“Superman III” may be a terrible movie, but I admire the way the filmmakers stuck to their guns. Many of us, given the opportunity to make a Superman film, would be tempted to include some scenes of thrilling action and heroic derring-do. The “Superman III” people resisted this urge. The “Superman III” people — I will not tell you their names; it would only encourage them — boldly chose instead to cram their film with unfunny slapstick and inane story lines. To the casual observer, it might appear they had no idea they were making a Superman film at all, but rather believed the project was a vehicle for John Candy and Eugene Levy, and was perhaps going to be a cartoon.
In case your memory is faulty, this is not the one where Superman fights against a villain made out of nuclear energy (that’s “Superman IV”), nor is it the one where three Kryptonian villains travel to Earth in a mirror (that’s “Superman II”), nor is it the one where a turn-of-the-century matchmaker finds love (that’s “Hello Dolly”). “Superman III” is the one where Richard Pryor is a computer hacker helping an evil industrialist control the weather, and where Clark Kent goes to his high school reunion and almost kisses a girl. And there: I’ve just revealed the two most exciting things that happen in the movie.
Since the dynamic between Superman and Lois Lane was so successful in the first two films, “Superman III” cuts Lois out almost entirely, in accordance with the timeless principle that the things you should fix first are the things which are not broken. Poor Margot Kidder is relegated to just two scenes, one at the beginning and one at the end, with Lois Lane “on vacation” (my assumption: in rehab) in between. Her duties as alliteratively named love interest are taken over by Lana Lang (Annette O’Toole), who was the object of Clark’s affections back in high school and still lives in Smallville because, not to put too fine a point on it, she’s a loser.
Clark and Lana meet up again at their 15-year reunion in Smallville, where banners declare them the Class of 1965, making this 1980, even though it’s actually 1983. (This can be explained by Superman reversing the rotation of the Earth, or by the filmmakers simply not caring, take your pick). Clark is here because he told his boss, Perry White (Jackie Coogan), that attending his high school reunion would make for an interesting feature story, and for some reason, possibly the result of a stroke, Mr. White believed this. He sent along Jimmy Olsen (Marc McClure), too, even though Jimmy Olsen is evidently the Daily Planet’s only photographer and must surely be needed in Metropolis. This is why newspapers are dying, people.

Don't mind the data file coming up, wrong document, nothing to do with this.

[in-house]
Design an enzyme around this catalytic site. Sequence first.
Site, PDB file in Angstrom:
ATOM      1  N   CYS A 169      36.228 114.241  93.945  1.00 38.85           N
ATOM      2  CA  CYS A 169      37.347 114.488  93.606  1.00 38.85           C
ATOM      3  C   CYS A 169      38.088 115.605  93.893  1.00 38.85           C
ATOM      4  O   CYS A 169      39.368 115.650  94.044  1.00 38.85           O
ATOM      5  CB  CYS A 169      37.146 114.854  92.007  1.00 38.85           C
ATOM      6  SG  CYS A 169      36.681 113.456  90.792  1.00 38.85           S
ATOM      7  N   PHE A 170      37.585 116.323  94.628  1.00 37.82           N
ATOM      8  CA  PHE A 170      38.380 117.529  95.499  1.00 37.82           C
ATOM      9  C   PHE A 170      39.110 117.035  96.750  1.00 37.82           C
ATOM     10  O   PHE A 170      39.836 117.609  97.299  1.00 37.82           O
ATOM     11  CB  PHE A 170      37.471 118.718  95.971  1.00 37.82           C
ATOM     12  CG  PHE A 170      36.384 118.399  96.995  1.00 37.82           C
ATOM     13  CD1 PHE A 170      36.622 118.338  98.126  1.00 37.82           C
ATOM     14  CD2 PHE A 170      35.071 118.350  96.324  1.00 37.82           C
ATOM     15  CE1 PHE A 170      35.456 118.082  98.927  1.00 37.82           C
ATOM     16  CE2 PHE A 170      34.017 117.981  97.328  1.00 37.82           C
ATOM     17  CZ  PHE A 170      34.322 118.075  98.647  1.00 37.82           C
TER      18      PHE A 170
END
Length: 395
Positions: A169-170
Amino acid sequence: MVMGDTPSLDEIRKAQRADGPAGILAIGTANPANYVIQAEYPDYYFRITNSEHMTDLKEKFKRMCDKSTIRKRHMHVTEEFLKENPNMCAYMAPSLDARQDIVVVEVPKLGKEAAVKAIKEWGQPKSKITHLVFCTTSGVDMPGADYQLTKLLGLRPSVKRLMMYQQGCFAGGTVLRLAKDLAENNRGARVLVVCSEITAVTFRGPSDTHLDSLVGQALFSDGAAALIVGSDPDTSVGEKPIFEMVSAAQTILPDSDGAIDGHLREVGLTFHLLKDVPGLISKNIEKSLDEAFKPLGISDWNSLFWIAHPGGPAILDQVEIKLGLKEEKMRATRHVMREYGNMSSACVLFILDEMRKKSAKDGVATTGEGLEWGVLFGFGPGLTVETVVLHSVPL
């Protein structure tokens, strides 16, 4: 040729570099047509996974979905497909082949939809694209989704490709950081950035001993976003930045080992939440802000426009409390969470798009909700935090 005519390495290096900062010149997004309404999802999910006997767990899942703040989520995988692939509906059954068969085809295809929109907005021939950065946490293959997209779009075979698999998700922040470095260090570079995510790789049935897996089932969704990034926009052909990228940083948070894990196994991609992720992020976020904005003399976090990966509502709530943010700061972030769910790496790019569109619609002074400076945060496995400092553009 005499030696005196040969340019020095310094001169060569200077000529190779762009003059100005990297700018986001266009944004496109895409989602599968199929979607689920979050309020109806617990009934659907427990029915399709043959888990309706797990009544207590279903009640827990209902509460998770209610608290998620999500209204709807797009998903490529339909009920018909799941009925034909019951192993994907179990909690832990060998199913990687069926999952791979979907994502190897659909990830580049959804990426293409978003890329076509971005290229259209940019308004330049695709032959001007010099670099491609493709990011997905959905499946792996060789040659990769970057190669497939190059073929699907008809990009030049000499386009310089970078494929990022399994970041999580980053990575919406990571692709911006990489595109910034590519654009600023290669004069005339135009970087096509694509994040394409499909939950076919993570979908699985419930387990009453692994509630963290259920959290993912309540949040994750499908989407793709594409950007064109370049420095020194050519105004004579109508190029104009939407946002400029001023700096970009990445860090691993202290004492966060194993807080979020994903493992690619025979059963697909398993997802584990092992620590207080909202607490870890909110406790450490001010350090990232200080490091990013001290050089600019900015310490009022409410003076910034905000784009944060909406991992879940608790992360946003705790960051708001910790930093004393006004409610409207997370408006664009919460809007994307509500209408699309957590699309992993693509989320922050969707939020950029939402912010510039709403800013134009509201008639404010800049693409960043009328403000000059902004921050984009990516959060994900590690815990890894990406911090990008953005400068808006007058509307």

Meanwhile, there’s a guy in Metropolis named Gus, played by Richard Pryor, who is here to provide comic relief — and thank goodness, since otherwise the movie would be nothing but nonstop mildness and inaction! Gus is a smooth-talking, unemployed fellow who sees an ad for a computer-programming school, takes one class, and, presto, is now a computer genius. Gus gets a low-level job at a huge corporation called Webscoe and immediately embezzles a lot of money by redirecting all the half-cents in people’s paychecks to his own account. It’s very clever the way he does this. He accesses the company’s payroll on the computer, enters his employee number, and then types: “CHANNEL HALF CENTS FROM ALL WEBSCOE SALARIES INTO ABOVE EXPENSES ACCOUNT.” What, no password required?? Don’t be silly. Before this, there was a screen that said “GIVE SECURITY CODE,” and Gus typed, “OVERIDE ALL SECURITY” (yes, misspelled). You have to admit, you never would have thought of this, since it’s stupid and would never work.
The embezzlement earns Gus the attention of the CEO, billionaire Ross Webster (Robert Vaughn). Impressed by Gus’s ability to make computers do complicated things merely by giving them rudimentary commands that require no special skills, Webster assigns him to a larger task. Webster wants to ruin Colombia’s coffee crop (never mind why; does he need a reason?), and he figures he can do it by having Gus access one of the satellites that currently monitor the weather and reprogram it to cause the weather instead.